A creative leap of imagination is needed to picture Covent Garden, now given over to flower markets and Body Shops, as the city's most sordid red light district, where, in the seedy Shakespeare's Head, waiter-pimps would set gentlemen up with ladies like Oyster Moll, who would "open the wicket of love's bear garden to any bold sportsman who has a venturesome mind to give a run to his puppy."
"Included with the Artform No. 1 is a magnetic base which can be activated and de-activated, giving the ability to posture sculpture into innumerous poses and stances."
You might be wondering what they did about that.
The answer is absolutely nothing.
John called SFPD, went down to the police station in person and filed a report (case 091-062-114), and after several followup phone calls over the next few weeks was told:
"No action has been taken on your case, but you can call the DMV and get the person's plate if you want to file a civil suit."
Apparently prosecuting hit-and-run drivers is beneath the notice of our police department, and the piece of shit driver who almost killed us both gets off scott free.
Which brings us to this story I came across yesterday:
And now to the very disconcerting part about the police. As I tried to get information from three SFPD police officers on the scene of the crash, two of them showered me with unadulterated disdain for bicyclists and pedestrians. One officer said she thought bicyclists and pedestrians are always at fault in crashes and that they are stupid for not watching out for drivers. She was very upset with cyclists running red lights. She told me the bicyclist was at fault in this crash without any knowledge that a witness was saying the opposite.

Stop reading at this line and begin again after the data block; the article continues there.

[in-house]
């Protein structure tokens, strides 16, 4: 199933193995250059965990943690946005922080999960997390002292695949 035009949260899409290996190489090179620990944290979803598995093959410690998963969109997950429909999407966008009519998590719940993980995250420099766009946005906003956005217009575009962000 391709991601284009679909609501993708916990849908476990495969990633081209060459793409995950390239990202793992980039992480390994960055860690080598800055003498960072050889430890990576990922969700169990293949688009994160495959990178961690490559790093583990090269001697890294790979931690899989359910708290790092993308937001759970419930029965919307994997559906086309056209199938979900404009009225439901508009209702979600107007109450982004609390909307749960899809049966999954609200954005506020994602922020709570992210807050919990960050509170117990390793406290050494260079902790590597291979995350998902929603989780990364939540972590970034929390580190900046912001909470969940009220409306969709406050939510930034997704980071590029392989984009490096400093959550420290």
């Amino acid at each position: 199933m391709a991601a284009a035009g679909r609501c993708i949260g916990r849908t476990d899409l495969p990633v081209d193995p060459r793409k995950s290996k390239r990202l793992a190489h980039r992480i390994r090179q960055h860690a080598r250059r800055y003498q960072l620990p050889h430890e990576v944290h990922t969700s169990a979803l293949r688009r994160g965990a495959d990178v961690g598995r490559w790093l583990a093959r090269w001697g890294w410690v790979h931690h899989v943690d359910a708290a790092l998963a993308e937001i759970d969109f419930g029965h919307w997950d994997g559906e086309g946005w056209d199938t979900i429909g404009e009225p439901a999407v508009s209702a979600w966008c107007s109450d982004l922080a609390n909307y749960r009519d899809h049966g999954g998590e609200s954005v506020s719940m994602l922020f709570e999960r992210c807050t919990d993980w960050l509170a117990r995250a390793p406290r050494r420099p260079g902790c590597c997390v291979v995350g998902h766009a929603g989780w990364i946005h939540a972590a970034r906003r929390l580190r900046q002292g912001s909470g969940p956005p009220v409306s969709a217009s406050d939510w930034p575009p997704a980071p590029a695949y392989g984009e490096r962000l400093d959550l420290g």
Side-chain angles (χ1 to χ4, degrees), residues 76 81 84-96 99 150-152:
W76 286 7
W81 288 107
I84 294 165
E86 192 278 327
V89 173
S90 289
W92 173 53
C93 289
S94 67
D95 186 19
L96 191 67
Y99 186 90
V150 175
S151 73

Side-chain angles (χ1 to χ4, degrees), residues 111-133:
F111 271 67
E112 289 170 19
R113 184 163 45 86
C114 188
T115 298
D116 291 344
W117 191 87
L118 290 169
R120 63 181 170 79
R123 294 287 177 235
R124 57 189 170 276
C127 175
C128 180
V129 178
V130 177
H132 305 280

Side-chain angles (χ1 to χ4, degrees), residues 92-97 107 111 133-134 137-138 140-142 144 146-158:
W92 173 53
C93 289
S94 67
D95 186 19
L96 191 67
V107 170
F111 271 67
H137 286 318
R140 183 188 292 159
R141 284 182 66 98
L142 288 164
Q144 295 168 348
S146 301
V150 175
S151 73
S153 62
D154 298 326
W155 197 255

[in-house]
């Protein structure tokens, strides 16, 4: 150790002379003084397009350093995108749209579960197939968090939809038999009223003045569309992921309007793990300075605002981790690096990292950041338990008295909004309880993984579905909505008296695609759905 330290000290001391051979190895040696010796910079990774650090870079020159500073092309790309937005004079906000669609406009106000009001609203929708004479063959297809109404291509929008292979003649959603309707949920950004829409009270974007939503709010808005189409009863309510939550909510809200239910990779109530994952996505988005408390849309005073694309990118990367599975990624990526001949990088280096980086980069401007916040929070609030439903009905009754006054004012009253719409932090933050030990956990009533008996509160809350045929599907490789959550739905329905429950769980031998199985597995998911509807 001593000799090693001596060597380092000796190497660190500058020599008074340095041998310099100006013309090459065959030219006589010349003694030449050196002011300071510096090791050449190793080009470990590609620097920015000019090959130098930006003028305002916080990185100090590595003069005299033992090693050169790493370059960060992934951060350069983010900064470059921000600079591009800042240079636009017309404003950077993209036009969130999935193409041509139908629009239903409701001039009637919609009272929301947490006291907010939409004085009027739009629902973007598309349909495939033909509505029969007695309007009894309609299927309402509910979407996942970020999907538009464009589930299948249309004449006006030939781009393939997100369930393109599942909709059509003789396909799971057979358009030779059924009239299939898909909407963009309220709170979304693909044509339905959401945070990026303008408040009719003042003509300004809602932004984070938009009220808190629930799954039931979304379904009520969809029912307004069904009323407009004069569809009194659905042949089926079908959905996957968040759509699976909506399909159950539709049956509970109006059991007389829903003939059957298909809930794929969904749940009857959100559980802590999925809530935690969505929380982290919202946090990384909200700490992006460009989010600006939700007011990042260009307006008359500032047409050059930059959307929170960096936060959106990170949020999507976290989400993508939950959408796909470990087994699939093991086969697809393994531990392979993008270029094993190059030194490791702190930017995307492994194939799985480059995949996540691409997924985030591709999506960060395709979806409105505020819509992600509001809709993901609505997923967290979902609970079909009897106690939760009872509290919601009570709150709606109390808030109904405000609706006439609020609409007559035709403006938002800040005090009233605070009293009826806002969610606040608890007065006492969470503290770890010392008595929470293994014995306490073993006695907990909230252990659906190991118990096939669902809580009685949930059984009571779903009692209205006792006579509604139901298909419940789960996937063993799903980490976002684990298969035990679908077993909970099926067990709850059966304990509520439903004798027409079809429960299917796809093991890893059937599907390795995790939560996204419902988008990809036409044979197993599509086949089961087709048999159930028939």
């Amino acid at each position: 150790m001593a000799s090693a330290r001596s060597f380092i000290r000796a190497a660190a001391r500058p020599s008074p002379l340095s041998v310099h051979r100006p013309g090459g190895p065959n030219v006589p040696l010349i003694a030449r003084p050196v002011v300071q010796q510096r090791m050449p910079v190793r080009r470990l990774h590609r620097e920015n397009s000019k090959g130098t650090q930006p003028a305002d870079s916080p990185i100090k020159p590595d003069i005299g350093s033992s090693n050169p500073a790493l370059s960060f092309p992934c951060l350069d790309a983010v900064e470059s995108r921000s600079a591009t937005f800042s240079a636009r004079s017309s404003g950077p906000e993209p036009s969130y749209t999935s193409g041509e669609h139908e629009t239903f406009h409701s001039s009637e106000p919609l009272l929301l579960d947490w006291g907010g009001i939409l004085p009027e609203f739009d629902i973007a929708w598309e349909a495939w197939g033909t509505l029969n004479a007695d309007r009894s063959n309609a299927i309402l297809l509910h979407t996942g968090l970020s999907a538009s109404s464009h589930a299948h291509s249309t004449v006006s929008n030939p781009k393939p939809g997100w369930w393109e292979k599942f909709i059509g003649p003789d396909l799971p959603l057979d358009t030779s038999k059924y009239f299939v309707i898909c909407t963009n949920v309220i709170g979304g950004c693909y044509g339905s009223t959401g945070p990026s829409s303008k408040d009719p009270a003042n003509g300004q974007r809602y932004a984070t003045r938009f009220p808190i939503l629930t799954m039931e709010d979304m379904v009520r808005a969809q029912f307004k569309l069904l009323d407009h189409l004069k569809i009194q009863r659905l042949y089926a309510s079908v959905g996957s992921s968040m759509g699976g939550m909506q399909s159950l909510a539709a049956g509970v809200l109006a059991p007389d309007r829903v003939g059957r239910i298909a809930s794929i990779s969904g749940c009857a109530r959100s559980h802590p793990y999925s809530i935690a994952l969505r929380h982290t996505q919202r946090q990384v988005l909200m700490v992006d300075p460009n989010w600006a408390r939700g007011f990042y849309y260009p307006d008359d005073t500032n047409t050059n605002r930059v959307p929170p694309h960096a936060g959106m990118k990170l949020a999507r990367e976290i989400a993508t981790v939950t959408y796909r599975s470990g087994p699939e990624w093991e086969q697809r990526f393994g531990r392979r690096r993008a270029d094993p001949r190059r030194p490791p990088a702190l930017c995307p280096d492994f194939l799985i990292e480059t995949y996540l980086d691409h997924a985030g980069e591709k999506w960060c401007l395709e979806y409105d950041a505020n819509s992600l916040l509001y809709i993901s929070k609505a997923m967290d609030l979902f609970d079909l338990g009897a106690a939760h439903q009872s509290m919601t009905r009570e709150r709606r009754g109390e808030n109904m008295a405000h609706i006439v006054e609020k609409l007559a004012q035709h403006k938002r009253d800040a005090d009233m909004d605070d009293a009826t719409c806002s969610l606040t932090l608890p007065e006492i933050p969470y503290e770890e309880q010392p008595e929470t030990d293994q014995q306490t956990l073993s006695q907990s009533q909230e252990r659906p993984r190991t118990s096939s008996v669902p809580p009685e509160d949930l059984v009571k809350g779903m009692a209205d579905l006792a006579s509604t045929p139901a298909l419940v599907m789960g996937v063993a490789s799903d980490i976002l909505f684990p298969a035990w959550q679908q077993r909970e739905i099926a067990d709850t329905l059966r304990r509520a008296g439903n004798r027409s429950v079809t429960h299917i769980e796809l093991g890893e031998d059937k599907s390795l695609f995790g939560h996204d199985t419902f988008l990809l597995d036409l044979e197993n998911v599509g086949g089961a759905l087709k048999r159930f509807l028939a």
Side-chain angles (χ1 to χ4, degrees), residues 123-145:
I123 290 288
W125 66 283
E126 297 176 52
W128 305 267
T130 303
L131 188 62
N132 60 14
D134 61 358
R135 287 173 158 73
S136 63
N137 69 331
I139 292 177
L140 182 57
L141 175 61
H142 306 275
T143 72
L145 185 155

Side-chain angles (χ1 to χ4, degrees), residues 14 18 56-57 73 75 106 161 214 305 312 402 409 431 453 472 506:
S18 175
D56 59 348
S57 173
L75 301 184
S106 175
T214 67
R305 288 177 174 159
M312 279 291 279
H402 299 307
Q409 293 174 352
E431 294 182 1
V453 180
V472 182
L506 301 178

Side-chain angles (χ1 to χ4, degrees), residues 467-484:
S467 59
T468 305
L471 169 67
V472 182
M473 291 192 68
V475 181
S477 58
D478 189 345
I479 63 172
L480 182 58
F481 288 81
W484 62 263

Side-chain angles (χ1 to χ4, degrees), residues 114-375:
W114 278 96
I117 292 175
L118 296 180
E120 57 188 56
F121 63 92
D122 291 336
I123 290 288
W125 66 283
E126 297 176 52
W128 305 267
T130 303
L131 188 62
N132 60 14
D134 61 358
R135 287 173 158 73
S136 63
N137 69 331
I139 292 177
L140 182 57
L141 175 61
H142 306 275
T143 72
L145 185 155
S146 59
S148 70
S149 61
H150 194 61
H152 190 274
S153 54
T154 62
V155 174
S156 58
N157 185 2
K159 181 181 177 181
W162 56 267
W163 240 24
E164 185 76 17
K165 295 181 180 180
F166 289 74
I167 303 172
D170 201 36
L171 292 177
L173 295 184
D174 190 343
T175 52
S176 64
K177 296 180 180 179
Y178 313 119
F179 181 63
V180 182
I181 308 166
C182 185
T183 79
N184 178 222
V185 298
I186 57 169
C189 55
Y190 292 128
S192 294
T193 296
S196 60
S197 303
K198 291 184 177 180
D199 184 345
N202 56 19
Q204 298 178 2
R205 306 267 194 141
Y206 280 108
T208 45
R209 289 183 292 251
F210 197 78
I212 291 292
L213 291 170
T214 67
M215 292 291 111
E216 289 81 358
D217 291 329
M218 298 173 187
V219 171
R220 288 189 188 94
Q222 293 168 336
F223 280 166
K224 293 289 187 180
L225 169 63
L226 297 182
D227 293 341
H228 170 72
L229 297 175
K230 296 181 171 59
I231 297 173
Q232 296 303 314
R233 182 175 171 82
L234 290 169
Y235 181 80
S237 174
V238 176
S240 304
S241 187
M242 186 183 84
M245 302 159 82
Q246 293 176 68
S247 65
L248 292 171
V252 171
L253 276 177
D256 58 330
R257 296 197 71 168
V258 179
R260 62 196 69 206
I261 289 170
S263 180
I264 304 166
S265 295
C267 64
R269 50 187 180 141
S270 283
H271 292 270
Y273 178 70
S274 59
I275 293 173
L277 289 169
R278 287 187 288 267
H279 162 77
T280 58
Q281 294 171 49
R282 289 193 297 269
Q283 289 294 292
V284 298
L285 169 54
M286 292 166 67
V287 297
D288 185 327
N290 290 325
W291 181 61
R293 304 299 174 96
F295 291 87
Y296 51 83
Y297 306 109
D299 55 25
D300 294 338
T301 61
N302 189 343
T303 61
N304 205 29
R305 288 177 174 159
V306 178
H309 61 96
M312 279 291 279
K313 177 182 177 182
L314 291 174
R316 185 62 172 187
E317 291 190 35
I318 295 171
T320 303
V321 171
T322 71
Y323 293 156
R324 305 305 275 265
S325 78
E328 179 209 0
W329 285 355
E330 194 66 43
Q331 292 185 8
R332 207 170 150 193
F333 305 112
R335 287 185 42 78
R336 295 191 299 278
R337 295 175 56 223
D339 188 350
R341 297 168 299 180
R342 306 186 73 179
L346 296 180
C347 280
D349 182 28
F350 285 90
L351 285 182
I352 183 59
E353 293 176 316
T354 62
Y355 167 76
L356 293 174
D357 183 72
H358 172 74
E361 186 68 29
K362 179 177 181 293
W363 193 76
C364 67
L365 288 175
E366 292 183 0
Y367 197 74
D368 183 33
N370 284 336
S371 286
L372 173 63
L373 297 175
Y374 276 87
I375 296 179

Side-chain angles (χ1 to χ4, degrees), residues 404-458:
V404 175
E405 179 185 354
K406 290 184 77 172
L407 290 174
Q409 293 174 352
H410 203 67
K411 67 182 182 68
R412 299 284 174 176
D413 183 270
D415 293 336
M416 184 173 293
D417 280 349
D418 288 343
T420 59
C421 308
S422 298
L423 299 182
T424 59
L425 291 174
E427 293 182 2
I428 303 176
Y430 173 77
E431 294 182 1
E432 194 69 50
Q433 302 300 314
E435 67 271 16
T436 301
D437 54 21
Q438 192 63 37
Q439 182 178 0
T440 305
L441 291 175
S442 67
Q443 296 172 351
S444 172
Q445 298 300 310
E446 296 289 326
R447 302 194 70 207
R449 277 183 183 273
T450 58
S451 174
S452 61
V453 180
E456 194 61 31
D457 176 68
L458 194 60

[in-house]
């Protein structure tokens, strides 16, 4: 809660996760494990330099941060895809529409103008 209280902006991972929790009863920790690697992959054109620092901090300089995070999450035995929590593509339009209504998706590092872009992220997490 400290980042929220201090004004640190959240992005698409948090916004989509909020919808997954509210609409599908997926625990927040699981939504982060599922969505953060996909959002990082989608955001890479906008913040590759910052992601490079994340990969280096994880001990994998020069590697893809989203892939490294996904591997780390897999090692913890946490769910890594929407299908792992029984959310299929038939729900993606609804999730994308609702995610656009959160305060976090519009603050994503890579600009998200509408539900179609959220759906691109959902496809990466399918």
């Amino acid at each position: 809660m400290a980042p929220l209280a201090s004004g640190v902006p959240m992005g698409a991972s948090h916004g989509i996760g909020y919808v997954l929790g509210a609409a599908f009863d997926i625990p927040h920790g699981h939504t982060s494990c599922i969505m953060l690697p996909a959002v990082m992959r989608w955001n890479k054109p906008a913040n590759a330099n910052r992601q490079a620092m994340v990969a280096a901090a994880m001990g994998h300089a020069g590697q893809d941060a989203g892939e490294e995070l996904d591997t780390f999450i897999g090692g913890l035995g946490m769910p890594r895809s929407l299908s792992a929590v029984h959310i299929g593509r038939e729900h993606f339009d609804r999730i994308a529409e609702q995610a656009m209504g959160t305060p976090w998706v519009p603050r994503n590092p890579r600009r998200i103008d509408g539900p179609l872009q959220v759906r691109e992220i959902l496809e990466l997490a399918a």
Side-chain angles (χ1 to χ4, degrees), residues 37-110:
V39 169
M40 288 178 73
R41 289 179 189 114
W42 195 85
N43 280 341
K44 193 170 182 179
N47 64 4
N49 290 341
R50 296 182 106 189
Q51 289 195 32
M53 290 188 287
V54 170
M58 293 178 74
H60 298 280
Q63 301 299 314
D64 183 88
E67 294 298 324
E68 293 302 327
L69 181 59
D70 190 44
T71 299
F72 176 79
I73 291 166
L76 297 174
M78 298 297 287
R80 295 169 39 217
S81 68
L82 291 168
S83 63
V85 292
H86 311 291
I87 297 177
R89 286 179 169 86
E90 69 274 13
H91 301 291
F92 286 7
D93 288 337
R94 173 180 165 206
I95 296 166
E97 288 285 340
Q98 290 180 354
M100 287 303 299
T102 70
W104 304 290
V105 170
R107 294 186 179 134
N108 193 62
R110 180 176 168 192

Another officer complained that bicyclists should be ticketed a lot more, then he said that he thought San Francisco bicyclists should all be moved to Treasure Island, where presumably they wouldn't be in the way. [...] When it dawned on him that his bigotry might make it into my story, given the bright pink SFPD press badge dangling around my neck, he made a slightly menacing reference to memorizing the information on my pass.
In a follow-up interview today, Corujo said that when he was being interviewed by the officers they seemed to have a preconceived idea of what happened, and were fixated on confirming whether the woman had lights on her bike.
"It seems like they were trying to bias the story to even out the score or something," said Corujo. "I don't know if they were even listening to the idea that [the driver] had made an illegal turn."